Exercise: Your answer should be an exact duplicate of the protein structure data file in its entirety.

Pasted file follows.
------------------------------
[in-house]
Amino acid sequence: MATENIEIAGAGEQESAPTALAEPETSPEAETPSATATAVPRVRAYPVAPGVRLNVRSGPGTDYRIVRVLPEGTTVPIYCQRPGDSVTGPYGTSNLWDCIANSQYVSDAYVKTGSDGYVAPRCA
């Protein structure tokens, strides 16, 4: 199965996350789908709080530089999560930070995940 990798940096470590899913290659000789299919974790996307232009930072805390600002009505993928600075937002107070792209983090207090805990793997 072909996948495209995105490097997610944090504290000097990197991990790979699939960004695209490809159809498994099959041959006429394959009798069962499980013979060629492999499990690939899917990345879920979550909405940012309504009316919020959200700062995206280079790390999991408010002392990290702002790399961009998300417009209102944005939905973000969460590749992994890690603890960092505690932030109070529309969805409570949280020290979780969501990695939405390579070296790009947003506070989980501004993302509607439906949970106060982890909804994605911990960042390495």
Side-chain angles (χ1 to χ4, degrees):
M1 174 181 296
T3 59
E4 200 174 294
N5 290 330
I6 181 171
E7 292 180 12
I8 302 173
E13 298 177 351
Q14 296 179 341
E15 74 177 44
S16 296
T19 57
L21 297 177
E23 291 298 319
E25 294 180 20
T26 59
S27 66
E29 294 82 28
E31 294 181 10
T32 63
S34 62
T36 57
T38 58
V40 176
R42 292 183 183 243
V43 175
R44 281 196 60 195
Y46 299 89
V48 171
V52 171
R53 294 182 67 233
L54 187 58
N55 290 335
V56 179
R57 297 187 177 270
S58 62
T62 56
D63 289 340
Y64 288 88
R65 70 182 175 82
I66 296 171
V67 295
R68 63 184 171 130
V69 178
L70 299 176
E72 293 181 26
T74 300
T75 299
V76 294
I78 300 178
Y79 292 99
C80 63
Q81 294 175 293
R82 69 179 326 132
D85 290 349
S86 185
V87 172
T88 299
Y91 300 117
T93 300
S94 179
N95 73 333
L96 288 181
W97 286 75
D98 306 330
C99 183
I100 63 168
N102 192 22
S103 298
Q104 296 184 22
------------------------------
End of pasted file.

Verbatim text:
[in-house]
Amino acid sequence: MATENIEIAGAGEQESAPTALAEPETSPEAETPSATATAVPRVRAYPVAPGVRLNVRSGPGTDYRIVRVLPEGTTVPIYCQRPGDSVTGPYGTSNLWDCIANSQYVSDAYVKTGSDGYVAPRCA
């Protein structure tokens, strides 16, 4: 199965996350789908709080530089999560930070995940 990798940096470590899913290659000789299919974790996307232009930072805390600002009505993928600075937002107070792209983090207090805990793997 072909996948495209995105490097997610944090504290000097990197991990790979699939960004695209490809159809498994099959041959006429394959009798069962499980013979060629492999499990690939899917990345879920979550909405940012309504009316919020959200700062995206280079790390999991408010002392990290702002790399961009998300417009209102944005939905973000969460590749992994890690603890960092505690932030109070529309969805409570949280020290979780969501990695939405390579070296790009947003506070989980501004993302509607439906949970106060982890909804994605911990960042390495």
Side-chain angles (χ1 to χ4, degrees):
M1 174 181 296
T3 59
E4 200 174 294
N5 290 330
I6 181 171
E7 292 180 12
I8 302 173
E13 298 177 351
Q14 296 179 341
E15 74 177 44
S16 296
T19 57
L21 297 177
E23 291 298 319
E25 294 180 20
T26 59
S27 66
E29 294 82 28
E31 294 181 10
T32 63
S34 62
T36 57
T38 58
V40 176
R42 292 183 183 243
V43 175
R44 281 196 60 195
Y46 299 89
V48 171
V52 171
R53 294 182 67 233
L54 187 58
N55 290 335
V56 179
R57 297 187 177 270
S58 62
T62 56
D63 289 340
Y64 288 88
R65 70 182 175 82
I66 296 171
V67 295
R68 63 184 171 130
V69 178
L70 299 176
E72 293 181 26
T74 300
T75 299
V76 294
I78 300 178
Y79 292 99
C80 63
Q81 294 175 293
R82 69 179 326 132
D85 290 349
S86 185
V87 172
T88 299
Y91 300 117
T93 300
S94 179
N95 73 333
L96 288 181
W97 286 75
D98 306 330
C99 183
I100 63 168
N102 192 22
S103 298
Q104 296 184 22